Forgetting Google: New SEM Strategy Expands Brand Discoverability
Marketing SEO

Forgetting Google: New SEM Strategy Expands Brand Discoverability

In today’s digital marketing world, there are certain behaviors that you take as a given: Most—if not all—of your audience has a Facebook account. Email addresses are only so good as your ability to verify they’re an actual, active account. People look for everything online using search engines—Google, primarily.

But a new infographic released by BloomReach suggests that your SEM strategy may need to expand to take into account some of the Internet’s more massive websites. With the explosion of content coming out of some of the Internet’s largest communities and websites, is it actually more effective for users to be searching directly on websites related to their product search, rather than on Google? And regardless, how should marketers adapt to this change in digital behavior?

Understanding Loyalty and Visibility

The key finding of interest in BloomReach’s study is the 44 percent of users who report going directly to Amazon for product searches. The study provides a number of possible reasons for this, namely that most users (75 percent) in the study reported that they felt Amazon did the best job personalizing their experience to their needs. Also tied into this behavior are user perceptions of authority and trust, particularly when it comes to products with reviews. While traditional engines like Google or Bing are most likely to provide the most exhaustive and wide-reaching research, for users who already know where they want to be looking it only presents an unnecessary step in their search.

A new study from BloomReach suggests expanding your SEM strategy may lie in moving away from traditional search engines.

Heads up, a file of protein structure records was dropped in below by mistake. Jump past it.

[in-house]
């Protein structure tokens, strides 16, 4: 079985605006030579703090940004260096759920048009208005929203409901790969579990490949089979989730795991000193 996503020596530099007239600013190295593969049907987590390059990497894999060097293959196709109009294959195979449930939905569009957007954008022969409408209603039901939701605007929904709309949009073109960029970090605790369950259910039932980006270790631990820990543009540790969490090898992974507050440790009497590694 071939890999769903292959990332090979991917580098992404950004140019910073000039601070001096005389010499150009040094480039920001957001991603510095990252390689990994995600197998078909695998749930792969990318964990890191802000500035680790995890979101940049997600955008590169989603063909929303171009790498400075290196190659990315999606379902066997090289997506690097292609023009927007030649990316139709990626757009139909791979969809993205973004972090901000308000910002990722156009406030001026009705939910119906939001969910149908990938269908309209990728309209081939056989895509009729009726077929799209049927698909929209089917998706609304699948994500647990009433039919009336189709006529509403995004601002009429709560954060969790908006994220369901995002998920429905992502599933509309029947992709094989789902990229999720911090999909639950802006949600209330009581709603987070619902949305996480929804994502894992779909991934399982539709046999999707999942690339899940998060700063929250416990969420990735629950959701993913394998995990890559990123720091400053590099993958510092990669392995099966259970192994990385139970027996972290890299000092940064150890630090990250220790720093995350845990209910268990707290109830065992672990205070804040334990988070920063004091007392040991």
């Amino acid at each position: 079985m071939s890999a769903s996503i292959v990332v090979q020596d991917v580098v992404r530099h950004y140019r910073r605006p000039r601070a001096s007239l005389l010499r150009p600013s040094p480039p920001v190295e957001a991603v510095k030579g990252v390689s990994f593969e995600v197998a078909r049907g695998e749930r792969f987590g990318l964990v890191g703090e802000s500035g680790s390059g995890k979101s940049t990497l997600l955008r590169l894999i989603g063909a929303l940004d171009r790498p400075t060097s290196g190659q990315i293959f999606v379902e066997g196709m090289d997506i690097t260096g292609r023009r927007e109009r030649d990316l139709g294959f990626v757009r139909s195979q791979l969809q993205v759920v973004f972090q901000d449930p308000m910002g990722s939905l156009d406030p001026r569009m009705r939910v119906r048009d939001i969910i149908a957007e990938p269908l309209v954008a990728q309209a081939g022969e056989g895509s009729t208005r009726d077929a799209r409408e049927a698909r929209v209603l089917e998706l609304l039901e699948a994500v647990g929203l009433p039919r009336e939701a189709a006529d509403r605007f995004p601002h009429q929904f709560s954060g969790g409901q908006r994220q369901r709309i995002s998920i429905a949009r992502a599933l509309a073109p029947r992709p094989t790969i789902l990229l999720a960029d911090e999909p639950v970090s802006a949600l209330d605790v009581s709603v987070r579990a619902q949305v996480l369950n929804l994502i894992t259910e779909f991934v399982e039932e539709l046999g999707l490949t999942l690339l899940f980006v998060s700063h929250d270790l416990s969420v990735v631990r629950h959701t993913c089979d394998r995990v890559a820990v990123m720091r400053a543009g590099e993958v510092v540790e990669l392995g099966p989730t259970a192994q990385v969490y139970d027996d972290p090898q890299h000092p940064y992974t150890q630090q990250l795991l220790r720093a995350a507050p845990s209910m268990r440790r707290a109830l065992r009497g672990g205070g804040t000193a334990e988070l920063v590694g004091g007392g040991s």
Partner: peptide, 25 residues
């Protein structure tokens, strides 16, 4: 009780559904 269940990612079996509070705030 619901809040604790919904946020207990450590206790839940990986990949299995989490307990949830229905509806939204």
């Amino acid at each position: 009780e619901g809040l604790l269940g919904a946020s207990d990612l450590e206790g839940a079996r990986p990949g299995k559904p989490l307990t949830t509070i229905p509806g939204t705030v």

This trend is also not limited to Amazon. In a Cison report from earlier this year, it was reported that 29 percent of active Pinterest users preferred to do searches directly on Pinterest than on a traditional search engine. In this, a similar relationship between the user and the platform can be seen as with Amazon—Pinterest’s predominantly visual format stands out as distinct from the user experience on Google, and as a result, it draws an audience of users who prefer it. Marketers will find that a solid SEM strategy is less about being the top ranked page on Google (though this remains crucial), and more about understanding where their specific audience is searching for products.

Ways to Widen Your Search Engine Marketing

There are some clear obstacles presented by this user shift. Here are a few ways to overcome and take advantage of a wider SEM strategy:

  • Learn Your Outlets: Though data isn’t always readily available, understanding where large populations of your audience gravitate can help you make healthy assumptions about where to test visibility. The most obvious place to start is usually whichever platform could possibly be reselling your product and is the most popular. Retailers should consider Amazon and eBay, as well as direct competitors.
  • Create Tertiary Content: Sometimes, your specific product might not be sellable through a popular platform, but that doesn’t mean you can’t be present. Find ways of marketing supplementary content on platforms to drive visibility for your brand (for instance, Amazon supports easy upload and sale of eBooks that could be filled with content that captures your audience and drives them to your site).
  • Stay Up-To-Date on Reports: Websites love to brag about their performance. Keeping up to date on who might be engaging large portions of your audience can help you know where to expand next.

Overall, marketers will find that developing their SEM strategies to grab audiences where they instinctually go not only can help provide additional returns with minimal budget strain, but it can also help your brand earn trust and credibility it never had before.

Subscribe to the Content Standard Newsletter to read original analysis around the latest marketing news and trends.

Recommended for you